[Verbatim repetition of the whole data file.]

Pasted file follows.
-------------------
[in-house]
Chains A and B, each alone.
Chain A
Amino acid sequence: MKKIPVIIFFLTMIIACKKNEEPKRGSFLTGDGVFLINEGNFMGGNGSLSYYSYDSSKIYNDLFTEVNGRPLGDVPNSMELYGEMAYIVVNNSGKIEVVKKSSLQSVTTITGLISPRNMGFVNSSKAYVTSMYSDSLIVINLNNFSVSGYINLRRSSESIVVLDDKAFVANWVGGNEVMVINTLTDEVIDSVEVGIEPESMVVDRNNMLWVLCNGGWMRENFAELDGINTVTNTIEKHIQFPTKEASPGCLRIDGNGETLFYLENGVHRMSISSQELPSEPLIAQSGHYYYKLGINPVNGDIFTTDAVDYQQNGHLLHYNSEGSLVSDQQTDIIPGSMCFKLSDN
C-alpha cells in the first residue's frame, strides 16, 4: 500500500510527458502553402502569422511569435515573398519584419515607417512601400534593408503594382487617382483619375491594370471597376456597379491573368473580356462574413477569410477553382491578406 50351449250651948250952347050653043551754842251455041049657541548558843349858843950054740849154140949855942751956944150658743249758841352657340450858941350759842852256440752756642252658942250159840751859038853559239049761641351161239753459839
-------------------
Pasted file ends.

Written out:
[in-house]
Chains A and B, each alone.
Chain A
Amino acid sequence: MKKIPVIIFFLTMIIACKKNEEPKRGSFLTGDGVFLINEGNFMGGNGSLSYYSYDSSKIYNDLFTEVNGRPLGDVPNSMELYGEMAYIVVNNSGKIEVVKKSSLQSVTTITGLISPRNMGFVNSSKAYVTSMYSDSLIVINLNNFSVSGYINLRRSSESIVVLDDKAFVANWVGGNEVMVINTLTDEVIDSVEVGIEPESMVVDRNNMLWVLCNGGWMRENFAELDGINTVTNTIEKHIQFPTKEASPGCLRIDGNGETLFYLENGVHRMSISSQELPSEPLIAQSGHYYYKLGINPVNGDIFTTDAVDYQQNGHLLHYNSEGSLVSDQQTDIIPGSMCFKLSDN
C-alpha cells in the first residue's frame, strides 16, 4: 500500500510527458502553402502569422511569435515573398519584419515607417512601400534593408503594382487617382483619375491594370471597376456597379491573368473580356462574413477569410477553382491578406 50351449250651948250952347050653043551754842251455041049657541548558843349858843950054740849154140949855942751956944150658743249758841352657340450858941350759842852256440752756642252658942250159840751859038853559239049761641351161239753459839